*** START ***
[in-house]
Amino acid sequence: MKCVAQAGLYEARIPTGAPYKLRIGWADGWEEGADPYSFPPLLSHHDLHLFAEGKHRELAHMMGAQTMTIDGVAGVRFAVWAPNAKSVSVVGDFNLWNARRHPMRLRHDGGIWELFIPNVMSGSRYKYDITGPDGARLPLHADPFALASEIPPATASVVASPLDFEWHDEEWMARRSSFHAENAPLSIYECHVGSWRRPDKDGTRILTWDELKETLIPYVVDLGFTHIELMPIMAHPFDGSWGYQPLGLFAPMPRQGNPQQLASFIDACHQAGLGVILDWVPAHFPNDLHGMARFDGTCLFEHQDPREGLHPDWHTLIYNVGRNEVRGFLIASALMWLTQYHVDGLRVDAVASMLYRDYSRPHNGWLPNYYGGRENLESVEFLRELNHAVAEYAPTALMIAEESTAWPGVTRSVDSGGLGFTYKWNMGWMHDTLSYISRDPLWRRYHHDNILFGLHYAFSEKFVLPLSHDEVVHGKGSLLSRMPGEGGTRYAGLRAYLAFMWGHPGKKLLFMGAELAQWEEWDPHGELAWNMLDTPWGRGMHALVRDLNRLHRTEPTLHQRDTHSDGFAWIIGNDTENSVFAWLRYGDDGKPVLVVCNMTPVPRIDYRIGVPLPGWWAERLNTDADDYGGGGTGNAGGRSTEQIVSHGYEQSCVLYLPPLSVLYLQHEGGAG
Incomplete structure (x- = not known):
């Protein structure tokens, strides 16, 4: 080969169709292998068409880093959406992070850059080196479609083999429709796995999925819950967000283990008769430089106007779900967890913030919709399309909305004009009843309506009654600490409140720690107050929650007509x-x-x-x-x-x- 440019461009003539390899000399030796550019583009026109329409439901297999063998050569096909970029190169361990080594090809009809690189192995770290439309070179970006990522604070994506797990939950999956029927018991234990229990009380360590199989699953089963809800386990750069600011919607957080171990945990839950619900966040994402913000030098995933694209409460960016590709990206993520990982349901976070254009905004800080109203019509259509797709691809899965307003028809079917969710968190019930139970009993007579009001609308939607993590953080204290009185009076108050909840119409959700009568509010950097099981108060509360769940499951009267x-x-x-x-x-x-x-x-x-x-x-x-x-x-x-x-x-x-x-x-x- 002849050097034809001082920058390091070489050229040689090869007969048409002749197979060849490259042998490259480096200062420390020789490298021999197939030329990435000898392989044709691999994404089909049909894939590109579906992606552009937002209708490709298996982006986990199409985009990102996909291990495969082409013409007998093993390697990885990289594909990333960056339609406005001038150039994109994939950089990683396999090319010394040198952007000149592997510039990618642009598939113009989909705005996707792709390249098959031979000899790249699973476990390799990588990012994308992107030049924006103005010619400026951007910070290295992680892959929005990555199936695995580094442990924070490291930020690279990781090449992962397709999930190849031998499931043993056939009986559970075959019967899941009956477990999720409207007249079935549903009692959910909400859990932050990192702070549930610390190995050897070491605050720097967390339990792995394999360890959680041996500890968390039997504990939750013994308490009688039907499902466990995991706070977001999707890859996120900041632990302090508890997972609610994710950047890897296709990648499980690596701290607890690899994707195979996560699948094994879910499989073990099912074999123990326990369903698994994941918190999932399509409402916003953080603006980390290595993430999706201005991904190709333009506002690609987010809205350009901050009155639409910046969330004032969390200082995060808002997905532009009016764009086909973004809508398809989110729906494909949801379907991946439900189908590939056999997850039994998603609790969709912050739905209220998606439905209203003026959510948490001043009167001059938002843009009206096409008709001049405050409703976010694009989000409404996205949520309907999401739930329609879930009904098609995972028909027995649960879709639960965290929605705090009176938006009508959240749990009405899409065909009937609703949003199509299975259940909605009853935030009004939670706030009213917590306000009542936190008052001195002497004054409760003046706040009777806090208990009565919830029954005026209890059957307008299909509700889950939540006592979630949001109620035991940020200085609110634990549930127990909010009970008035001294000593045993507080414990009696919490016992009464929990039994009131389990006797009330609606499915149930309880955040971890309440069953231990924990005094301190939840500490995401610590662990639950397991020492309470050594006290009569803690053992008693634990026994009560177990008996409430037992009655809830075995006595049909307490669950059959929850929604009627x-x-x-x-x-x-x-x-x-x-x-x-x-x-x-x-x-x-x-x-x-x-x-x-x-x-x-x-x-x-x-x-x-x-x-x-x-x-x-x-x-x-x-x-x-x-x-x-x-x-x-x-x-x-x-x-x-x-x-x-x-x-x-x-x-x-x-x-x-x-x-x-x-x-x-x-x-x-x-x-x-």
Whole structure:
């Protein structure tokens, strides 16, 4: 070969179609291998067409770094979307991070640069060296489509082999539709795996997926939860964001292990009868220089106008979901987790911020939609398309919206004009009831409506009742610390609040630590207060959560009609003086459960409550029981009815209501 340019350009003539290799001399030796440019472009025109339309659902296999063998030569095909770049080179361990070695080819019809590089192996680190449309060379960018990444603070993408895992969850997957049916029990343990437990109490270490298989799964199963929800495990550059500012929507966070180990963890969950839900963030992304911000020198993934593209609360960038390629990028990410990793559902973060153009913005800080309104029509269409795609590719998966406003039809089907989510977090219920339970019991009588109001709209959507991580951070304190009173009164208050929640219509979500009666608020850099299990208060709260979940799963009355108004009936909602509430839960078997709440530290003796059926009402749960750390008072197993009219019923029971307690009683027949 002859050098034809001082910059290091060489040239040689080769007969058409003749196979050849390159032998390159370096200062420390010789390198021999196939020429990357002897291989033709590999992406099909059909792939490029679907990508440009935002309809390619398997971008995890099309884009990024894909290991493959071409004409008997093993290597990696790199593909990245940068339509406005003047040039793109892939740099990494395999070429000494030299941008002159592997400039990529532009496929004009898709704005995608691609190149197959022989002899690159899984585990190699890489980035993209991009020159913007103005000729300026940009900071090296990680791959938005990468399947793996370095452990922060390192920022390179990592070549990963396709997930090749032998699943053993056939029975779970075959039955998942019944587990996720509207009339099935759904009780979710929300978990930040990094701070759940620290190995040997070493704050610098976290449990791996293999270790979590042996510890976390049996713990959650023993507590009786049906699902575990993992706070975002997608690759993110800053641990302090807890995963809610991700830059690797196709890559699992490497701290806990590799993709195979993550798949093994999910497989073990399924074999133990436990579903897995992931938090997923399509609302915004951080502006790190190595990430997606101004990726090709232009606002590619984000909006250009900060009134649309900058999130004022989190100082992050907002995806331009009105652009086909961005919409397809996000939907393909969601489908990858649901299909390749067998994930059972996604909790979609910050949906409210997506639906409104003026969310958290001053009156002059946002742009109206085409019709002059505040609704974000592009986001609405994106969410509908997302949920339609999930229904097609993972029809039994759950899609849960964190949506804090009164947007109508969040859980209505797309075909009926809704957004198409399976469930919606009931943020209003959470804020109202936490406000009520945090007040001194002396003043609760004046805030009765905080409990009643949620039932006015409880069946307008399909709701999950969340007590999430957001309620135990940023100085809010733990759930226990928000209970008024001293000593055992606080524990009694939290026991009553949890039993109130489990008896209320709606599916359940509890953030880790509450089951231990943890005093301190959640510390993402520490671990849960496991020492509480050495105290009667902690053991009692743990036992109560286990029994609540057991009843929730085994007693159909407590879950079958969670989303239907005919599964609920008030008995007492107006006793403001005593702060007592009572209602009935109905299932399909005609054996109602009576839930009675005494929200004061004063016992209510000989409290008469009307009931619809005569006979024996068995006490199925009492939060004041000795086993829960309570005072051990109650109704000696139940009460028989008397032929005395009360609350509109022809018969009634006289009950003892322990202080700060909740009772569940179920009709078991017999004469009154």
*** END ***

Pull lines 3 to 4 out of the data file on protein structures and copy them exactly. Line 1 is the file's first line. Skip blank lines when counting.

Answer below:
Incomplete structure (x- = not known):
């Protein structure tokens, strides 16, 4: 080969169709292998068409880093959406992070850059080196479609083999429709796995999925819950967000283990008769430089106007779900967890913030919709399309909305004009009843309506009654600490409140720690107050929650007509x-x-x-x-x-x- 440019461009003539390899000399030796550019583009026109329409439901297999063998050569096909970029190169361990080594090809009809690189192995770290439309070179970006990522604070994506797990939950999956029927018991234990229990009380360590199989699953089963809800386990750069600011919607957080171990945990839950619900966040994402913000030098995933694209409460960016590709990206993520990982349901976070254009905004800080109203019509259509797709691809899965307003028809079917969710968190019930139970009993007579009001609308939607993590953080204290009185009076108050909840119409959700009568509010950097099981108060509360769940499951009267x-x-x-x-x-x-x-x-x-x-x-x-x-x-x-x-x-x-x-x-x- 002849050097034809001082920058390091070489050229040689090869007969048409002749197979060849490259042998490259480096200062420390020789490298021999197939030329990435000898392989044709691999994404089909049909894939590109579906992606552009937002209708490709298996982006986990199409985009990102996909291990495969082409013409007998093993390697990885990289594909990333960056339609406005001038150039994109994939950089990683396999090319010394040198952007000149592997510039990618642009598939113009989909705005996707792709390249098959031979000899790249699973476990390799990588990012994308992107030049924006103005010619400026951007910070290295992680892959929005990555199936695995580094442990924070490291930020690279990781090449992962397709999930190849031998499931043993056939009986559970075959019967899941009956477990999720409207007249079935549903009692959910909400859990932050990192702070549930610390190995050897070491605050720097967390339990792995394999360890959680041996500890968390039997504990939750013994308490009688039907499902466990995991706070977001999707890859996120900041632990302090508890997972609610994710950047890897296709990648499980690596701290607890690899994707195979996560699948094994879910499989073990099912074999123990326990369903698994994941918190999932399509409402916003953080603006980390290595993430999706201005991904190709333009506002690609987010809205350009901050009155639409910046969330004032969390200082995060808002997905532009009016764009086909973004809508398809989110729906494909949801379907991946439900189908590939056999997850039994998603609790969709912050739905209220998606439905209203003026959510948490001043009167001059938002843009009206096409008709001049405050409703976010694009989000409404996205949520309907999401739930329609879930009904098609995972028909027995649960879709639960965290929605705090009176938006009508959240749990009405899409065909009937609703949003199509299975259940909605009853935030009004939670706030009213917590306000009542936190008052001195002497004054409760003046706040009777806090208990009565919830029954005026209890059957307008299909509700889950939540006592979630949001109620035991940020200085609110634990549930127990909010009970008035001294000593045993507080414990009696919490016992009464929990039994009131389990006797009330609606499915149930309880955040971890309440069953231990924990005094301190939840500490995401610590662990639950397991020492309470050594006290009569803690053992008693634990026994009560177990008996409430037992009655809830075995006595049909307490669950059959929850929604009627x-x-x-x-x-x-x-x-x-x-x-x-x-x-x-x-x-x-x-x-x-x-x-x-x-x-x-x-x-x-x-x-x-x-x-x-x-x-x-x-x-x-x-x-x-x-x-x-x-x-x-x-x-x-x-x-x-x-x-x-x-x-x-x-x-x-x-x-x-x-x-x-x-x-x-x-x-x-x-x-x-």